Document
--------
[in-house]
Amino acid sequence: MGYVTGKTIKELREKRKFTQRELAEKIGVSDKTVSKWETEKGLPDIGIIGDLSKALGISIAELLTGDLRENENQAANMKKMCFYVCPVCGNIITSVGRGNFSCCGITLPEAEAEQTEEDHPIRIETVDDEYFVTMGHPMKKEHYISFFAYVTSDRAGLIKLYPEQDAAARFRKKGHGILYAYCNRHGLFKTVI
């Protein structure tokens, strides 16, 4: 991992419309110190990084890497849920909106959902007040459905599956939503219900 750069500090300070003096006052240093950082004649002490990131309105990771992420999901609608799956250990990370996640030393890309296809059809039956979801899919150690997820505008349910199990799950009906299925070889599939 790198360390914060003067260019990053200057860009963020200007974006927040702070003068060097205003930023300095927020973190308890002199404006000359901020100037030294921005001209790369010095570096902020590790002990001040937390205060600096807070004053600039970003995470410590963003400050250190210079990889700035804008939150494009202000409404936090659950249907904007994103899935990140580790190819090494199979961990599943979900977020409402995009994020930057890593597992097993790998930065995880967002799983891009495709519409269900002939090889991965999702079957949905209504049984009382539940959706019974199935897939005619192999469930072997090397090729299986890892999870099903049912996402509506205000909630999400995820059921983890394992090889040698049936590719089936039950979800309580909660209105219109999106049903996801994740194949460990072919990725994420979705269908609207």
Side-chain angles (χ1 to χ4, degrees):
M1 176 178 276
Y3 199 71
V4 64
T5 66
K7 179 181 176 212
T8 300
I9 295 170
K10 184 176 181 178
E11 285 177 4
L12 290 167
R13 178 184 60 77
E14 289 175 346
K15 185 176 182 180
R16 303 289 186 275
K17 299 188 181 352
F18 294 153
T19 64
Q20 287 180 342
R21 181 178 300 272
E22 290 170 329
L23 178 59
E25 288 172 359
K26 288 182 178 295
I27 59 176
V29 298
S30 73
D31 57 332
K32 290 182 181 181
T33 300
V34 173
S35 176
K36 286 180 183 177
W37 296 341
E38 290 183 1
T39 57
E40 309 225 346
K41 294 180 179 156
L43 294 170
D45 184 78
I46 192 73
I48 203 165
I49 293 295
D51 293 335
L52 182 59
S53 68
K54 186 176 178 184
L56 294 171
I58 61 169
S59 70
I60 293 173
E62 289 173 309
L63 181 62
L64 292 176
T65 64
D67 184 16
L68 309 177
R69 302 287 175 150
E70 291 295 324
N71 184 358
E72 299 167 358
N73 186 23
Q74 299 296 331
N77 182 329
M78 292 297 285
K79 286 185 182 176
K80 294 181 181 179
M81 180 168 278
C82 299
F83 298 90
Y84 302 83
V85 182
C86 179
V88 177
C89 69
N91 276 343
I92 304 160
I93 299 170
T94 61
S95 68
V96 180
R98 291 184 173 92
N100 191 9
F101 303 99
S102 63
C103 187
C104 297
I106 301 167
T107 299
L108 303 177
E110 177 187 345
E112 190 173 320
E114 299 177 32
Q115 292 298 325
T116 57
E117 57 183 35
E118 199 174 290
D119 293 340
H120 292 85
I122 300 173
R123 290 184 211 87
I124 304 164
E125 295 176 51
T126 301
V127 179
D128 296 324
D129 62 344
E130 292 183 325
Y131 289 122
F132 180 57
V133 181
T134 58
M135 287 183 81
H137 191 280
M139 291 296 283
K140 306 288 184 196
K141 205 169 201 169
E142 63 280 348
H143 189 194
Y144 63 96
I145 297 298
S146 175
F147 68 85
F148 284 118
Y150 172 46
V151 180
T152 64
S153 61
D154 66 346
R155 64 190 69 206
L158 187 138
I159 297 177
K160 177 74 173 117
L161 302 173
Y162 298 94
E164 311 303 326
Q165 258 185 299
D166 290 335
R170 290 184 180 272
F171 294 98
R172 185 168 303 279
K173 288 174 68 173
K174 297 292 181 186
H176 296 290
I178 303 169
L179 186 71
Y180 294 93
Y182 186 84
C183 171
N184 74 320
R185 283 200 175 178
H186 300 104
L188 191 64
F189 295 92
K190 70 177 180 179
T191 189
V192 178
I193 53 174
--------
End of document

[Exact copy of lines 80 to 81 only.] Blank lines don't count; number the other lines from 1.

I92 304 160
I93 299 170